Almost six years after being appointed the prime contractor for Phase II of the UK Ministry of Defence (MoD) CUTLASS robotics program, Northrop Grumman have rolled out the first of their unmanned explosive ordnance disposal (EOD) vehicles at its Remotec production facility in Coventry, UK.
The next generation remote-controlled CUTLASS unmanned ground vehicle (UGV) will replace the Wheelbarrow bomb disposal robot and give its operators a significantly enhanced ability when dealing with improvised explosive devices (IEDs) and other unexploded ordnance.
The roll out of the new vehicle took place at the Coventry facility, with the UK Defence Equipment, Support and Technology (DE&S) Minister Peter Luff MP and Mr Peter Worrall, chief of Materiel (Joint Enablers) present at the handover ceremony.
State-of-the-Art Bomb Disposal Capability
Speaking at the event, Conservative Member of Parliament for Mid Worcestershire Peter Luff said:
“The rollout of CUTLASS to the armed forces marks an important milestone in our successful 20-year relationship with Northrop Grumman. CUTLASS is a world-class product that will provide our U.K.-based bomb disposal teams with a state-of-the-art capability to help protect them and the public from the threat of explosive devices.” (1)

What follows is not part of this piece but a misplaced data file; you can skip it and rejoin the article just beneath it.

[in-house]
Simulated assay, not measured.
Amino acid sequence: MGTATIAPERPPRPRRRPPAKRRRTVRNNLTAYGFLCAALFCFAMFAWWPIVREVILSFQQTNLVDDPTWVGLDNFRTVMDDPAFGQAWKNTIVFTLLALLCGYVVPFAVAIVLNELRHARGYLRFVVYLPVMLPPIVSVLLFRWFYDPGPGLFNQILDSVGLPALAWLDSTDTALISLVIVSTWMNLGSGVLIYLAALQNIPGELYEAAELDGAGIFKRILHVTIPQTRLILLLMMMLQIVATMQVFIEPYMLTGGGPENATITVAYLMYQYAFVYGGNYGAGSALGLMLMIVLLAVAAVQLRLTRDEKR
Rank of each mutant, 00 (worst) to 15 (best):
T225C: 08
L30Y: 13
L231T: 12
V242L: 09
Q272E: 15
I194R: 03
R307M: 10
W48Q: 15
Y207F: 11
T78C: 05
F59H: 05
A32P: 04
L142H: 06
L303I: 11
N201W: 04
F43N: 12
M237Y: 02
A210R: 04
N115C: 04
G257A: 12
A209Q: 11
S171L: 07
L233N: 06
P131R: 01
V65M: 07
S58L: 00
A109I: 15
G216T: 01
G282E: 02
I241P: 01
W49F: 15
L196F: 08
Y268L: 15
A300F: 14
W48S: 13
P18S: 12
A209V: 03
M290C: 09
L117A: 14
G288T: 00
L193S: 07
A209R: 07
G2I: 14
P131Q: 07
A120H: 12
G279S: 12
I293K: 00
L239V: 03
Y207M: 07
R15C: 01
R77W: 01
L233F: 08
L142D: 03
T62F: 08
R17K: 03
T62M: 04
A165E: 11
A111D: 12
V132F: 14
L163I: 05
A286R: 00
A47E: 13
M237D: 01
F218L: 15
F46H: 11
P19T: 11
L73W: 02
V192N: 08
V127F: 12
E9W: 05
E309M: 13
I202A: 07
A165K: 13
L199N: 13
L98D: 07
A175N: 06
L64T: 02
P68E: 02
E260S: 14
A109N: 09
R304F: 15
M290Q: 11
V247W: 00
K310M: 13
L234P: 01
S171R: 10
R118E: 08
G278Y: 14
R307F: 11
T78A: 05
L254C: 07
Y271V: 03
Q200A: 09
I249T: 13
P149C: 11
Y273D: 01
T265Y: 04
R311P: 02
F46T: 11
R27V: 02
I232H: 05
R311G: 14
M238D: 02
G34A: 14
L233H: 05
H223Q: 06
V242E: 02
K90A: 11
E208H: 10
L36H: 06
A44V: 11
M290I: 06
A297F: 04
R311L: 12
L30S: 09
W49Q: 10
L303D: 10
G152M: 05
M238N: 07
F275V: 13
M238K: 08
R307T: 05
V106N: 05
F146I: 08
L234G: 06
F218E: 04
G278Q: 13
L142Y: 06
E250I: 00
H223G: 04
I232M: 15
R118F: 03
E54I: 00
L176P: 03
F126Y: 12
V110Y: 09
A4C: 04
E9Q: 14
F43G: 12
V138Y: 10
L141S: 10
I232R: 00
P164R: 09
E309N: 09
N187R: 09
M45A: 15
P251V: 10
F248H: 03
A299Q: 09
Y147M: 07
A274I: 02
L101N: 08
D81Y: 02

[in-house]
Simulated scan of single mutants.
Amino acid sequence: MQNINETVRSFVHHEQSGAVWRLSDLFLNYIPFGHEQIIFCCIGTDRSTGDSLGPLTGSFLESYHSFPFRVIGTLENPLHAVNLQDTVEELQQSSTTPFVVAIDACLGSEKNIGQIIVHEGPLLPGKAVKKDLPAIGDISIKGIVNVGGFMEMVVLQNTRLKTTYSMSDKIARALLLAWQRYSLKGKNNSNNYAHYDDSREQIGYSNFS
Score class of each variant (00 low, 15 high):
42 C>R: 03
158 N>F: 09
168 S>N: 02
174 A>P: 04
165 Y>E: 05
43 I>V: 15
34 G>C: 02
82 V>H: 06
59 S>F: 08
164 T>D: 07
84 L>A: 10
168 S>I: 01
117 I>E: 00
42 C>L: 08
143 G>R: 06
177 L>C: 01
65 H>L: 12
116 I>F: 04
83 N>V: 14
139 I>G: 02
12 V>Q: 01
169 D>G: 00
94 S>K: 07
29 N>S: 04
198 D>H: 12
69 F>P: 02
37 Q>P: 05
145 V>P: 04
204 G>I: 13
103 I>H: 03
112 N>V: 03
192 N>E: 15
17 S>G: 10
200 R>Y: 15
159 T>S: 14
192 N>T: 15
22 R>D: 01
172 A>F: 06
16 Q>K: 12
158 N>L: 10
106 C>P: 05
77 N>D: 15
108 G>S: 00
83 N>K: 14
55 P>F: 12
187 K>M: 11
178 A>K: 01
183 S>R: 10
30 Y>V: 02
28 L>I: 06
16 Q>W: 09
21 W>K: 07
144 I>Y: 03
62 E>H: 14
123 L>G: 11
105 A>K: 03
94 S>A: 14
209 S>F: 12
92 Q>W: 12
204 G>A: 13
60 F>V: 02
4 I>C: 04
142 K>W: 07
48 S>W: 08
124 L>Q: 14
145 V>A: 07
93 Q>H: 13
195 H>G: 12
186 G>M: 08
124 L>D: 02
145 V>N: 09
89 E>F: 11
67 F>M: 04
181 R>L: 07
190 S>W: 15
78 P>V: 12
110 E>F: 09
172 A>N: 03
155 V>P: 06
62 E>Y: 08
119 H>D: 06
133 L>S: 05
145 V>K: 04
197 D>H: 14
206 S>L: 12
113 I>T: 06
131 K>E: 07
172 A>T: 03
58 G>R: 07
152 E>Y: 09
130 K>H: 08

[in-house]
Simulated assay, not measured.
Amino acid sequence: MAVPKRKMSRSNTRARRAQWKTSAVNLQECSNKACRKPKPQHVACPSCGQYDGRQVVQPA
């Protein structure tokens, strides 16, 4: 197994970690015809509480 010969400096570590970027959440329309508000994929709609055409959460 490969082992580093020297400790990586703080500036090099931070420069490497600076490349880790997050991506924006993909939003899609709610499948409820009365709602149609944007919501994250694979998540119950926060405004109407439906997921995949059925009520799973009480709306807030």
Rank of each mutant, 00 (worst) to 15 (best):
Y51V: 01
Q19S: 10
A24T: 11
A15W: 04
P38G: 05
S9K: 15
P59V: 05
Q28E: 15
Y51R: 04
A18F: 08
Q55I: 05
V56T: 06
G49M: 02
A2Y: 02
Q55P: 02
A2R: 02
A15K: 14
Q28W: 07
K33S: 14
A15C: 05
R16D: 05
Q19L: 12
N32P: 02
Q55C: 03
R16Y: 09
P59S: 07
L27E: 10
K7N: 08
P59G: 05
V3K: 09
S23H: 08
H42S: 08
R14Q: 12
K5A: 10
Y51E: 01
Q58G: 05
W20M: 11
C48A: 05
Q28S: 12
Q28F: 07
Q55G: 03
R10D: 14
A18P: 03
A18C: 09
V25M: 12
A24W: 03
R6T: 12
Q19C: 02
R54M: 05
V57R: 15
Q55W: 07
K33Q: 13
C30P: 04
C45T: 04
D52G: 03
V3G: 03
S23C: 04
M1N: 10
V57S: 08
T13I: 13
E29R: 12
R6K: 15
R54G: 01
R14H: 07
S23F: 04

The minister’s statement suggests the CUTLASS will not be sent to Afghanistan, at least not in the near future, but will be used exclusively in the United Kingdom for counter terrorism operations.
While the threat of mainland terrorist attacks undoubtedly remains, one wonders if the state of the art vehicle would be better served in the Afghanistan theatre of operations. The number of British soldiers killed since Operation Herrick (the codename for all British operations in Afghanistan) began in 2002 currently stands at 427 (2), with the vast majority of these fatalities due to IED’s.
The Battle With IEDs
IEDs are the single biggest killer of coalition forces in Afghanistan, just as they were in Iraq before it. By the end of 2007, it is estimated that 63% of all coalition deaths were caused by these so-called roadside bombs (3).
Relatively easy to build and disguise, the detection of IED’s and their subsequent destruction by the bomb disposal teams is of massive importance to the soldiers on the ground.
The capabilities of the CUTLASS are certainly impressive. Fully designed and built at the UK facility in Coventry, the six-wheeler is able to operate in almost any environment and on any terrain. The manipulator arm has a wide range of movement with nine degrees of freedom, giving it unprecedented agility which enables it to operate in even the tightest of spaces. It is able to crawl along at barely noticeable speeds for delicate operations, but can accelerate rapidly should the need arise.
Northrop Grumman’s UGV business has been established in Coventry for over 20 years, with all new designs and the development thereof undertaken at the site. The latest CUTLASS model joins over 2,000 other unmanned ground vehicle systems in operation all over the world, but with the state of the world as it is in some places, another 2,000 certainly wouldn’t go amiss.